The MPAA’s new website is rated “R” for ridiculous.

The MPAA’s new website is rated “R” for ridiculous. (photo)

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Even for an organization as historically obtuse as the MPAA ratings board, the latest upgrade to their image is a mess — their new website, FilmRatings.com, with the catchy subhead “The Classification & Rating Administration (CARA),” is a pain to navigate and centered around an endless “About Us” historical overview with some definite polemics about the organization’s awesomeness:

Established in 1968, the voluntary movie rating system was born of a period of incredible social change in this country, when our society was opening up and embracing civil rights, women’s rights, workers’ rights and more. It is no coincidence that the expanding freedoms of our country and the birth of this cultural touchstone emerged hand in hand.

Even if ratings board founder Jack Valenti did work for LBJ, equating the civil rights movement with the establishment of the “R” rating seems a bit much. But this little bit of rhetoric also subliminally connects the MPAA with the progressive liberal movements of the ’60s, suggesting it’s not as conservative and fustian as everyone thinks it is.

Other highlights: “Ratings do not exist to cast judgment on a film or dictate the viewing habits of adults. Grown-ups have no use for such an approach in a free society. ” It’s the kind of rhetoric you’d expect to see in a stridently anti-Communist ’50s textbook. “Society,” in fact, is very important to the MPAA; it appears no less than eight times in the booklet they’ve put together. “Ultimately, the system was undone by society itself,” they say of the old production codes; also, “society has grown increasingly concerned about drug use since the 1970s,” which I don’t think is actually true. Other modifiers for society: “open,” “diverse,” “democratic.”

Then there’s this hilariously evasive, genteel description of how use of the word “fuck” can affect a film’s rating: “A motion picture’s single use of one of the harsher sexually-derived words, though only as an expletive, initially requires at least a ‘PG-13’ rating. More than one such expletive requires an ‘R’ rating, as must even one of those words used in a sexual context.”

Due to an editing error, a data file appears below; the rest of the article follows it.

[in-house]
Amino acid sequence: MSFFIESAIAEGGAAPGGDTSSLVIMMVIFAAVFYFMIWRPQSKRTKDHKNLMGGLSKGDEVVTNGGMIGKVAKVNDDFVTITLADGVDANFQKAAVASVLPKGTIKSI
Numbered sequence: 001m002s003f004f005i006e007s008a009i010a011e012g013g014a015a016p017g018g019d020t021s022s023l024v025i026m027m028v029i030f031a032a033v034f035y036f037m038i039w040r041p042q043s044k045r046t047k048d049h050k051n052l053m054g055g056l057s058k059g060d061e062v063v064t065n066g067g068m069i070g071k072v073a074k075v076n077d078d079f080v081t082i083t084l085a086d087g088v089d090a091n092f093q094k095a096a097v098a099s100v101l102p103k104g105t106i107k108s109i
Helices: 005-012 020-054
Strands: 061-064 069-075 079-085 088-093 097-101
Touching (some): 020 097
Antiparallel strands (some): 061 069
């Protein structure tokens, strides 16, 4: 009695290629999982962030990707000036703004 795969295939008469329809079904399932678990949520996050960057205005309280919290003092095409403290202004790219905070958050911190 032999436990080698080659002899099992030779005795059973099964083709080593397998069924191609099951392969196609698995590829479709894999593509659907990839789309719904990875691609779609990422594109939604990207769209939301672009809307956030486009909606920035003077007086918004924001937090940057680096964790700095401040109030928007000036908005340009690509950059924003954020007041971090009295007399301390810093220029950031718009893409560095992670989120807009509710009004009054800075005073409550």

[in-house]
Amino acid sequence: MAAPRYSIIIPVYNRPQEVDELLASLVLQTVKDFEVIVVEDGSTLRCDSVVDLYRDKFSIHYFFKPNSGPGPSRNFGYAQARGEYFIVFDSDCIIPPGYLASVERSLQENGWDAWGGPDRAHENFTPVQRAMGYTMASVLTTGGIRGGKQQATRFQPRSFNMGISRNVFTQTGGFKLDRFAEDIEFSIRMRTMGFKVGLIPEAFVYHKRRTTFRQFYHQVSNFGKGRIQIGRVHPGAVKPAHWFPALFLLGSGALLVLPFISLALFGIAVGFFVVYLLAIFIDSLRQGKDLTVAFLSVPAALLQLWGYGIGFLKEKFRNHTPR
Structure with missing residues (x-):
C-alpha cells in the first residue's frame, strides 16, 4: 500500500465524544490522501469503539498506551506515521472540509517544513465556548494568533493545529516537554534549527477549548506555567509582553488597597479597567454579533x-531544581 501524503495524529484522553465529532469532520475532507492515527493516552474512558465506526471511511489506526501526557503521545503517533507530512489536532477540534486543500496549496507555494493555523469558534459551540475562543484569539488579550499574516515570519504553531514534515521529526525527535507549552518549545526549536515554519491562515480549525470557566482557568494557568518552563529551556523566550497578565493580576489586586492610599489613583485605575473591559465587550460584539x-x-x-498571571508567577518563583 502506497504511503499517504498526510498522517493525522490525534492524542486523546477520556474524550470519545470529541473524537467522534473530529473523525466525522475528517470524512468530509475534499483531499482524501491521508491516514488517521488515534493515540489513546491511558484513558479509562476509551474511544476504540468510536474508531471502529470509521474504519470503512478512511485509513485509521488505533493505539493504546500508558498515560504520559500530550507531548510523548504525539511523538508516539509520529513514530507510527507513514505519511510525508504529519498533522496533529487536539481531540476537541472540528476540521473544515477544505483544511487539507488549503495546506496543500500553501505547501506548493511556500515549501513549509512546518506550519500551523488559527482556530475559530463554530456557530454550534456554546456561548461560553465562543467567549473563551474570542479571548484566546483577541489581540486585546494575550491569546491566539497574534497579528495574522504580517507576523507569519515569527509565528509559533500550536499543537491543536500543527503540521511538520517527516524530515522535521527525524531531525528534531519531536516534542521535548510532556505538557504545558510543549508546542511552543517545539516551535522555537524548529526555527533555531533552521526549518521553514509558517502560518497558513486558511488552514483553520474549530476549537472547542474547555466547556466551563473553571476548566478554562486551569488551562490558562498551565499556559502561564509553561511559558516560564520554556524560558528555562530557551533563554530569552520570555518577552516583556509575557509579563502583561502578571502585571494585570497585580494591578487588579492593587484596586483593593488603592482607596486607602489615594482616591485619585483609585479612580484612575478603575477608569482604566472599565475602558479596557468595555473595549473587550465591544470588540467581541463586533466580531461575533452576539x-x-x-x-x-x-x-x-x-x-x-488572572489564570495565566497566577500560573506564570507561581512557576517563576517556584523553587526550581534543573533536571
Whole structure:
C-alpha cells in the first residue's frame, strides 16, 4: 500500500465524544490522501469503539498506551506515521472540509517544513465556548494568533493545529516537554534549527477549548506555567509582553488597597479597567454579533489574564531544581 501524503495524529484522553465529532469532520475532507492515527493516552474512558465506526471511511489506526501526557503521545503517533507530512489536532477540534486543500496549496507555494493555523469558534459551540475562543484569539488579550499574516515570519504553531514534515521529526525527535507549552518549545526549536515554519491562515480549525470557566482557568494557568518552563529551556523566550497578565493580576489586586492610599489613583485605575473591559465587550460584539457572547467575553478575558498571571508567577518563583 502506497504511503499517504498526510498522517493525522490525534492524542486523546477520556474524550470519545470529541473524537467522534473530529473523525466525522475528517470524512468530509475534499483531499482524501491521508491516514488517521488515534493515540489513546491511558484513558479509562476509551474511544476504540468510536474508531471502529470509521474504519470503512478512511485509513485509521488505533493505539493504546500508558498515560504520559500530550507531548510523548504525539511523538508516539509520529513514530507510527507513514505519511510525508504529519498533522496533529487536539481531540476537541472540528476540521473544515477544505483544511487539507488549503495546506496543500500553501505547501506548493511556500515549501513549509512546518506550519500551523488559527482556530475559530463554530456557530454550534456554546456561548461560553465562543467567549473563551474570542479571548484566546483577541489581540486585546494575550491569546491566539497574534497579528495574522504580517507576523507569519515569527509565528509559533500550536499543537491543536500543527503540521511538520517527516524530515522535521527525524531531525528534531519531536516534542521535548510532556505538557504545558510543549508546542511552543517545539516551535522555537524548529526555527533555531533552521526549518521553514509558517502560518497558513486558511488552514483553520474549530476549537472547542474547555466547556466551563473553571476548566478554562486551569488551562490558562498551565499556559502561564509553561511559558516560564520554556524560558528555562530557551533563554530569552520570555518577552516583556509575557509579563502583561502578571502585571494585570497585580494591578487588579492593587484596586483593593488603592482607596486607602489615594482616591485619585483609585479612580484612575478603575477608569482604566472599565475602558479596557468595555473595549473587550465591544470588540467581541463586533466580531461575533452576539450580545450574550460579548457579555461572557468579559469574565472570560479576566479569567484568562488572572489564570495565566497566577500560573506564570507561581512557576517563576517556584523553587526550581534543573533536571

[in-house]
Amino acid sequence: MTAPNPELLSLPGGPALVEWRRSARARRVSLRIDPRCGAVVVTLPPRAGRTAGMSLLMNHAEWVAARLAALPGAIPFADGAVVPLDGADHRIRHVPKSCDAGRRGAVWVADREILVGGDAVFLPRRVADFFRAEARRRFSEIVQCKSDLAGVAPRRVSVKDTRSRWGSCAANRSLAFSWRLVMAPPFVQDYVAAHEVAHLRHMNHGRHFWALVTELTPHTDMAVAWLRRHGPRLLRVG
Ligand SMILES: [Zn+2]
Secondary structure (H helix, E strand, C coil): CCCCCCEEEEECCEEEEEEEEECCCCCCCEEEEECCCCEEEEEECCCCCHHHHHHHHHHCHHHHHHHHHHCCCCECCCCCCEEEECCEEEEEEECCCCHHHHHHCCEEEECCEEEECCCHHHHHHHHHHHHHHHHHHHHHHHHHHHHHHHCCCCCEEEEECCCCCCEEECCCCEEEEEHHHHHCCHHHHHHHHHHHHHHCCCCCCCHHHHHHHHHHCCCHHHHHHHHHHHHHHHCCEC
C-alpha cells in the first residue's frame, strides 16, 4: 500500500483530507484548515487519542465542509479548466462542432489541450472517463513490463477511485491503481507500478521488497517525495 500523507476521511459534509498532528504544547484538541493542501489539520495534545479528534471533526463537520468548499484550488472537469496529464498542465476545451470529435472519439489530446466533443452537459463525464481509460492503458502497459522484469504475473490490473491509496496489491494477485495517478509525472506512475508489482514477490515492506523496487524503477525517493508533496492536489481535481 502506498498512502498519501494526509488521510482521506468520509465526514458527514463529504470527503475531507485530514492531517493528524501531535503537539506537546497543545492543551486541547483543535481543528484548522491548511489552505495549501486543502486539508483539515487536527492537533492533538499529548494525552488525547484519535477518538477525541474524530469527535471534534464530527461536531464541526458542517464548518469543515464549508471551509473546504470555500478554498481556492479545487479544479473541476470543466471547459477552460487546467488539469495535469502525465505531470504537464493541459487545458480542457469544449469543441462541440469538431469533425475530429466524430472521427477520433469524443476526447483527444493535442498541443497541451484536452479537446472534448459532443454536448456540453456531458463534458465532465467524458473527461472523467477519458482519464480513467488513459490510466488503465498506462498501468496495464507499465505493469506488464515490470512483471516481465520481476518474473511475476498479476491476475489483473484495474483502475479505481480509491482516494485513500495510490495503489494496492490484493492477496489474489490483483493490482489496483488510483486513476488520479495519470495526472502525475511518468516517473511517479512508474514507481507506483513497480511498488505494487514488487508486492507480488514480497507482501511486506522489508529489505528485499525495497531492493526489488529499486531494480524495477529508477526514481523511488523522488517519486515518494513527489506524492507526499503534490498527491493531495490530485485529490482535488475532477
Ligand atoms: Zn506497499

The way the MPAA presents itself is tellingly defensive and self-aggrandizing, meekly casting itself in the passive voice according to society’s needs rather than rigorously enforcing a very peculiar view of the world.

By the way, the most endearingly specific MPAA rating of late was for “Alice In Wonderland”: “Rating PG for fantasy action/violence involving scary images and situations, and for a smoking caterpillar.” It gives me a chance to share this horrifying clip of Sammy Davis Jr. as the caterpillar from the misguided-looking 1985 TV-musical version (also featuring Red Buttons, Scott Baio, Telly Savalas, John and Sally Struthers and others):

[Photos: the usual green-stripe preview card, MPAA; “Alice In Wonderland,” Sony Pictures Home Entertainment, 1985]


New Nasty

Whips, Chains and Hand Sanitizer

Turn On The Full Season Of Neurotica At IFC's Comedy Crib

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Jenny Jaffe has a lot going on: She’s writing for Disney’s upcoming Big Hero 6: The Series, developing comedy projects with pals at Devastator Press, and she’s straddling the line between S&M and OCD as the creator and star of the sexyish new series Neurotica, which has just made its debut on IFC’s Comedy Crib. Jenny gave us some extremely intimate insight into what makes Neurotica (safely) sizzle…


IFC: How would you describe Neurotica to a fancy network executive you met in an elevator?

Jenny: Neurotica is about a plucky Dominatrix with OCD trying to save her small-town dungeon.

IFC: How would you describe Neurotica to a drunk friend of a friend you met in a bar?

Jenny: Neurotica is about a plucky Dominatrix with OCD trying to save her small-town dungeon. You’re great. We should get coffee sometime. I’m not just saying that. I know other people just say that sometimes but I really feel like we’re going to be friends, you know? Here, what’s your number, I’ll call you so you can have my number!

IFC: What’s your comedy origin story?

Jenny: Since I was a kid I’ve dealt with severe OCD and anxiety. Comedy has always been one of the ways I’ve dealt with that. I honestly just want to help make people feel happy for a few minutes at a time.

IFC: What was the genesis of Neurotica?